When asking directly is too difficult, you can turn to someone who has a closer relationship to share your concerns. In one organization we studied, an employee had been a victim of domestic violence and several of her colleagues felt it wasn’t appropriate to talk with her directly about it. Instead, they shared their concerns with her friends at work who relayed the messages. These intermediaries also became coordinators, organizing a collection of donations and delivery of meals. Asking intermediaries for updates became an effective way for lots of people to participate in creating compassion at work during a difficult, sensitive situation.
Tune into your feelings of concern
Sensing and understanding the distress of another person is often accompanied by a feeling that researchers call empathic concern—a warm desire for the other person to be well. This kind of emotion arises more easily when we know that we have something in common.
When we studied students who lost everything in a fire and the way their university organized a response, we found that a faculty member who had also lived through a fire became a very effective organizer. Her shared experience helped her advocate for resources such as emergency funds, new clothing, computers, and even housing.
But having the prior experience wasn’t the only route to common ground. A fellow student, who had never been involved in a fire, was able to tune into his own deep empathy and concern for his classmates. He used the motivation that flowed from this feeling to facilitate the coordination of books and class notes that allowed full replacement of each student’s customized study materials—again increasing the meaningfulness of their school program for everyone who participated in the effort to respond.
Societal norms often give us a script to follow when we encounter pain or distress: offer condolences, ask whether there is anything we can do to help, and send a card. While these scripts can be helpful, they often fall short of being meaningful to the receiver.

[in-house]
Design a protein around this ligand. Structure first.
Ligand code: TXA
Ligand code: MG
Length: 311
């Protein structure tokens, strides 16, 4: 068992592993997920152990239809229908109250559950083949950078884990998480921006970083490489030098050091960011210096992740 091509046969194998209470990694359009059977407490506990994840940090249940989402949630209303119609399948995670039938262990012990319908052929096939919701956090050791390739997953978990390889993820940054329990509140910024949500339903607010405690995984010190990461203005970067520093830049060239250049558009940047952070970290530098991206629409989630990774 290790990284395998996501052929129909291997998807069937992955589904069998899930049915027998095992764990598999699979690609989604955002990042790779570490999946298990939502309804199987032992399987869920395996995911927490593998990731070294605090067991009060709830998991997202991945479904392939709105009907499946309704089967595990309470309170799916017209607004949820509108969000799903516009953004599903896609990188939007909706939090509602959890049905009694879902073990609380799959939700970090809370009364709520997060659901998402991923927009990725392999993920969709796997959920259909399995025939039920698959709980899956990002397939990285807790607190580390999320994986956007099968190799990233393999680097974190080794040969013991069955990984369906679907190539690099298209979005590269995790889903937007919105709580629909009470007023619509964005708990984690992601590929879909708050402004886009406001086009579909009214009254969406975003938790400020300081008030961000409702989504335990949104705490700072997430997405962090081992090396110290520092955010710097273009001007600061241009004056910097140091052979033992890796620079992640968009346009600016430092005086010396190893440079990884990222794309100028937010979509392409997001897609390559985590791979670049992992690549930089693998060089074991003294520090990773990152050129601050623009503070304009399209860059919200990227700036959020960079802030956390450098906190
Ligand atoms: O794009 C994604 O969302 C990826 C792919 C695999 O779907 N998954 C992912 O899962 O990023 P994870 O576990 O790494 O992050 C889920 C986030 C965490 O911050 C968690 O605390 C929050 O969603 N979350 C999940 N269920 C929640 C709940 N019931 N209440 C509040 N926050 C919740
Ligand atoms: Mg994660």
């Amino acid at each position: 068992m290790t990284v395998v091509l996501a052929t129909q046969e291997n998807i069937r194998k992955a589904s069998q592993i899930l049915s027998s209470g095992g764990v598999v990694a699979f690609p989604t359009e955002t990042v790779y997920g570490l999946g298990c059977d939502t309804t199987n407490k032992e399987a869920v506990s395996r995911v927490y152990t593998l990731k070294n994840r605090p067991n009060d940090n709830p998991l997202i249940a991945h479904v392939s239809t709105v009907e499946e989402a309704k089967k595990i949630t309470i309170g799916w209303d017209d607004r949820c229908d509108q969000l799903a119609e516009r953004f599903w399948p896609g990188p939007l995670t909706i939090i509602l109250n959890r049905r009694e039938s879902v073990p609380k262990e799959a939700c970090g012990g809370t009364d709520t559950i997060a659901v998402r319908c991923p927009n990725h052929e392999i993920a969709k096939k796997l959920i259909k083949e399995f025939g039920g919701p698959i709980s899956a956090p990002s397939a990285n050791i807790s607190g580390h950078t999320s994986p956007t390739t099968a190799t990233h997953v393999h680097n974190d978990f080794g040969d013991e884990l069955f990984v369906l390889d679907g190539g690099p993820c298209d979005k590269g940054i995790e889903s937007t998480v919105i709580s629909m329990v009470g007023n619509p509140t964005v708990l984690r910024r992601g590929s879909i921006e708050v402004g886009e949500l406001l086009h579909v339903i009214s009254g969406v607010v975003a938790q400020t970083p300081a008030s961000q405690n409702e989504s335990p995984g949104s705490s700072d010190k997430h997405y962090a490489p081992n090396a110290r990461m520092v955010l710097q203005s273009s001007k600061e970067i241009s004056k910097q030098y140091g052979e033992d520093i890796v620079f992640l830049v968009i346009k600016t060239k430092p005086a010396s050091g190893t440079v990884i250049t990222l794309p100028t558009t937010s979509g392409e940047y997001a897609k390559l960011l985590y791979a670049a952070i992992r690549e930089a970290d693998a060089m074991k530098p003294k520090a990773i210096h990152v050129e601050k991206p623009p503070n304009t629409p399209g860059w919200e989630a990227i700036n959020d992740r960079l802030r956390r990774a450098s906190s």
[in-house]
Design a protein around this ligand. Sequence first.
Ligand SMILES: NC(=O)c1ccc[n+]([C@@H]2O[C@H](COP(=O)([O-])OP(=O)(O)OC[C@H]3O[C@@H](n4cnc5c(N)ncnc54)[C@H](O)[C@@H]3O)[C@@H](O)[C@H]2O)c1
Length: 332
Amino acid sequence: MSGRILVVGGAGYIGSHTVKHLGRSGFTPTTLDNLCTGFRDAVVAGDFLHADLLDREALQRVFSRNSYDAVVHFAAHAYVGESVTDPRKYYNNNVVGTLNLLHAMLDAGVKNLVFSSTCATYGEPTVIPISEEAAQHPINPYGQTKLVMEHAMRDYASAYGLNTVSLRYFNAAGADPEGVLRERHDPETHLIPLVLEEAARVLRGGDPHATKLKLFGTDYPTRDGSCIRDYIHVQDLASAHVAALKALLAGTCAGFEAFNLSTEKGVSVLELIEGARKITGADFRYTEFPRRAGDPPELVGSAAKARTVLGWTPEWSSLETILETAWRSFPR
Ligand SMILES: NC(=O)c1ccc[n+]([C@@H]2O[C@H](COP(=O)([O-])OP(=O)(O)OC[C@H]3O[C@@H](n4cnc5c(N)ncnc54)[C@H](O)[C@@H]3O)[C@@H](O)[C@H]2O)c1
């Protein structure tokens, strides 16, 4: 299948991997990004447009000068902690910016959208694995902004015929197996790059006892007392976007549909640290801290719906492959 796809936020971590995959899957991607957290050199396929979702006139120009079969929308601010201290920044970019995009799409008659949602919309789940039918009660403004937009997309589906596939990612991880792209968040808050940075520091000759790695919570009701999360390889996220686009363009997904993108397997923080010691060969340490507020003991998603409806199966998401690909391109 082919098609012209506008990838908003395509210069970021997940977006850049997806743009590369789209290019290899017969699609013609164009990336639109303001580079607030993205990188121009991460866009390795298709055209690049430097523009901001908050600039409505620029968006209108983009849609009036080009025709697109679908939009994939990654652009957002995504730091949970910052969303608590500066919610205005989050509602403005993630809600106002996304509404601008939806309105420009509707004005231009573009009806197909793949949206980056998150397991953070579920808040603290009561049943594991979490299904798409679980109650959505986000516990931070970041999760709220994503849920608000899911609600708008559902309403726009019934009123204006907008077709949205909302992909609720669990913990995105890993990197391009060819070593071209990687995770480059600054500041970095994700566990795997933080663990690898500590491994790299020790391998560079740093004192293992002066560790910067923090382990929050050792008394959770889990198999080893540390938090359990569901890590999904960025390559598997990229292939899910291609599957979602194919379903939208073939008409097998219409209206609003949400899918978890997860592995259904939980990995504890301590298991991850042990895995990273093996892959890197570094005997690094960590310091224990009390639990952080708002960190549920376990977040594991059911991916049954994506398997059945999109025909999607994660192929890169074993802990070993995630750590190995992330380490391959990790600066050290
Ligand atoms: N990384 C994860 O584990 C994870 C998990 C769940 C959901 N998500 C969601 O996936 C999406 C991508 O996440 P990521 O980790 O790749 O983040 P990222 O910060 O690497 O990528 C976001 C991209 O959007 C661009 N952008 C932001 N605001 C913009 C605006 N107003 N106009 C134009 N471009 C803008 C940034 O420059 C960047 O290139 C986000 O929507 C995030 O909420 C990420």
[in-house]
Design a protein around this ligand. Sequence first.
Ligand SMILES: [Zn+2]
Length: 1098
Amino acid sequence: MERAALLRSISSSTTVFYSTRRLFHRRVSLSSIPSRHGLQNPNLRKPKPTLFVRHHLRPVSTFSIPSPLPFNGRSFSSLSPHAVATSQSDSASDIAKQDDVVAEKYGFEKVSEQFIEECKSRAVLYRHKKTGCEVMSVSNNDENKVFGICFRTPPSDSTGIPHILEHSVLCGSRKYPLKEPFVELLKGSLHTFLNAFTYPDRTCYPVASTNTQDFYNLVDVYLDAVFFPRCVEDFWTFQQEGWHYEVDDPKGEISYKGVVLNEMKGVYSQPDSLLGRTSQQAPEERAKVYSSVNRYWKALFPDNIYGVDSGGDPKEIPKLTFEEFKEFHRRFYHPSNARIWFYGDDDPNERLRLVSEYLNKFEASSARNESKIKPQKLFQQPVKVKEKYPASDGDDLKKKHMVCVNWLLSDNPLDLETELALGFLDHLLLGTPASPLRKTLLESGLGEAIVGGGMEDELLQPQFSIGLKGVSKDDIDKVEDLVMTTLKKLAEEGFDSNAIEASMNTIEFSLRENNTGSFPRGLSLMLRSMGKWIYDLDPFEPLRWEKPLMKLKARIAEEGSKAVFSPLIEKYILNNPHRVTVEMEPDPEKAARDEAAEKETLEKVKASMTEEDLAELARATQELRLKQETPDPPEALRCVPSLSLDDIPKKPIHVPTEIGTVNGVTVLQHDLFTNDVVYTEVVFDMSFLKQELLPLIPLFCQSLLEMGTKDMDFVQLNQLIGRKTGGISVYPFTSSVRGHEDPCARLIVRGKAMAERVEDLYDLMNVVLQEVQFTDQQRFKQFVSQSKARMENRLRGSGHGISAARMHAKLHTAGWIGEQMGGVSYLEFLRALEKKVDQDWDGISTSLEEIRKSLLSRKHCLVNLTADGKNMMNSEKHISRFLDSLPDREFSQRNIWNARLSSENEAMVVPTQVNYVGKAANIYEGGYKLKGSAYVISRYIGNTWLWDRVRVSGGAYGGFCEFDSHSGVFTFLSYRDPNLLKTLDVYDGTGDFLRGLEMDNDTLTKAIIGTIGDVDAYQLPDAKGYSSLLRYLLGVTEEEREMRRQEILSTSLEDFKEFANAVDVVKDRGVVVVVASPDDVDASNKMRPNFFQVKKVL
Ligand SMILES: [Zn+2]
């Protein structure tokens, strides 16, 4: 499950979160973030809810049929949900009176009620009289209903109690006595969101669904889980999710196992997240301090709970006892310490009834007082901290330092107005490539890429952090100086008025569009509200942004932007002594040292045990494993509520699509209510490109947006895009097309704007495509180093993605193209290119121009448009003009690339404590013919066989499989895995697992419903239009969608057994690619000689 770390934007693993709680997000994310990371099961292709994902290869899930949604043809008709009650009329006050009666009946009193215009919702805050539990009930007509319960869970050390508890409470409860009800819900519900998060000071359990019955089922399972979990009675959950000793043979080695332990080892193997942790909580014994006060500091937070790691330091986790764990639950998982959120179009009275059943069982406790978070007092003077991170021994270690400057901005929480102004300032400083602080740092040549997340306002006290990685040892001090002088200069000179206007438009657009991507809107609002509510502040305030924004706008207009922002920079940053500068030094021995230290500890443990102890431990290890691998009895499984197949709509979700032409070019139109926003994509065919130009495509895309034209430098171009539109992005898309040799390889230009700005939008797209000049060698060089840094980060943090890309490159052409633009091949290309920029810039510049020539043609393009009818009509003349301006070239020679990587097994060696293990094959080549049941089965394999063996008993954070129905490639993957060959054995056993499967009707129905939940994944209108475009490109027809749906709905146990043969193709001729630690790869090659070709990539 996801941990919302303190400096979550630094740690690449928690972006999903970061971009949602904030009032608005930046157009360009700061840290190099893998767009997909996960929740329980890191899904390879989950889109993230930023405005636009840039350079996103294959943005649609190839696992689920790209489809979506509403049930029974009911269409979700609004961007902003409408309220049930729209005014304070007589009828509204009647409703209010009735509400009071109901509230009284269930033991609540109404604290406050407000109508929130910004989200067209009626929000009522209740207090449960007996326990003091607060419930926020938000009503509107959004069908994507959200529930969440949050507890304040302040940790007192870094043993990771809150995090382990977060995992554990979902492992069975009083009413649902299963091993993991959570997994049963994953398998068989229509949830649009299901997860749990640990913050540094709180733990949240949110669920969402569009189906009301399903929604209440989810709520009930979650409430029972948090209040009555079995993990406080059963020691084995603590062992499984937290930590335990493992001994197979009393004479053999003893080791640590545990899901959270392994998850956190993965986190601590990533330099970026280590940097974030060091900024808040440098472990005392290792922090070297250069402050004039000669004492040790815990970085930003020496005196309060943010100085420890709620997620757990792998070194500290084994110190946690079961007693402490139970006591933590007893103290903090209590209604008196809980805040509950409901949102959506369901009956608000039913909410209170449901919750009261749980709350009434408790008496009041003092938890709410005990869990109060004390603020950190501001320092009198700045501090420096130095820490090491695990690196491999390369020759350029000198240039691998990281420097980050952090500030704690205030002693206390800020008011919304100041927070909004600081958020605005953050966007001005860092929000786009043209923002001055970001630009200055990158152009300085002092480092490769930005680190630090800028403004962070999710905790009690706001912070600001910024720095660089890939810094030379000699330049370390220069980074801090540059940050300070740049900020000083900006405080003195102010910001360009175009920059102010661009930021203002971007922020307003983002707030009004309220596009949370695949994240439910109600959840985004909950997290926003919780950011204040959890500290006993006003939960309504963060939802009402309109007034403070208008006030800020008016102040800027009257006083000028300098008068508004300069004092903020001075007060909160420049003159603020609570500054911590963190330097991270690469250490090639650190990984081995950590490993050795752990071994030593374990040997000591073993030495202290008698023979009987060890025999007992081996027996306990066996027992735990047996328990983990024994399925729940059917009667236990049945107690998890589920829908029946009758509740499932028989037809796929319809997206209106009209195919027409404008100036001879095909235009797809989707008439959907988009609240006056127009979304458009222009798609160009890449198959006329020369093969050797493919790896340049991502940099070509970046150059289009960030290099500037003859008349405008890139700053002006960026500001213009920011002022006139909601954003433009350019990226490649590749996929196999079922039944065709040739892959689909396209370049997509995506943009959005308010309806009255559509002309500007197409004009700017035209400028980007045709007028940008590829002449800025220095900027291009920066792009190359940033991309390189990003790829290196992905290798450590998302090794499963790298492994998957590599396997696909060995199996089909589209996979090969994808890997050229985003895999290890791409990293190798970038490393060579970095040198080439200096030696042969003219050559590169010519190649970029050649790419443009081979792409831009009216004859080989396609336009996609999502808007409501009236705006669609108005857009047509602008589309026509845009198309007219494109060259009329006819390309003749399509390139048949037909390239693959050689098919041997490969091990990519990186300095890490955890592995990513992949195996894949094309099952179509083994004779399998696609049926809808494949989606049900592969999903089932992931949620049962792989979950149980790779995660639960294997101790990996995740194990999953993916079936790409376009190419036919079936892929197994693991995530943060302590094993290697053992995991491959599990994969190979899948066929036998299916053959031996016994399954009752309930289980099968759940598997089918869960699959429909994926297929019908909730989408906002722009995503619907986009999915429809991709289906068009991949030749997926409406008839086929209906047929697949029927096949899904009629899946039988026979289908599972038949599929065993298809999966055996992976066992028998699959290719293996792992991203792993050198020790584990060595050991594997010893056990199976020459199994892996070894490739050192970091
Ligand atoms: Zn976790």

In one nonprofit organization we studied, an executive’s nephew was killed in a tragic accident just before an important board meeting.
Instead of a scripted response, colleagues brainstormed several resourceful ways to take action, including excusing him from attending the board meeting, taking on urgent tasks so that he didn’t have to focus on them, donating their vacation days to him, collectively writing a poem to send to the family, and organizing a tribute to share at the memorial service.
Too many people think of compassion and connection with others as a nice-to-have in organizations. But if people feel like they belong and genuinely care about one another, they will be more creative, resilient, and eager to contribute at work. It’s tempting to ignore distress, and suffering and pretend like they have no place in our offices. But the human experience of pain is going to show up, whether we invite it or not, and the only way to respond is with compassion.
Authors: Monica Worline is co-author of Awakening Compassion at Work, and researcher at Stanford University’s Center for Compassion and Altruism Research and Education. Jane Dutton is the Robert L. Kahn Distinguished University Professor of Business Administration and Psychology at the University of Michigan’s Ross School of Business. Ashley E. Hardin is an assistant professor of organizational behavior at Washington University’s Olin Business School.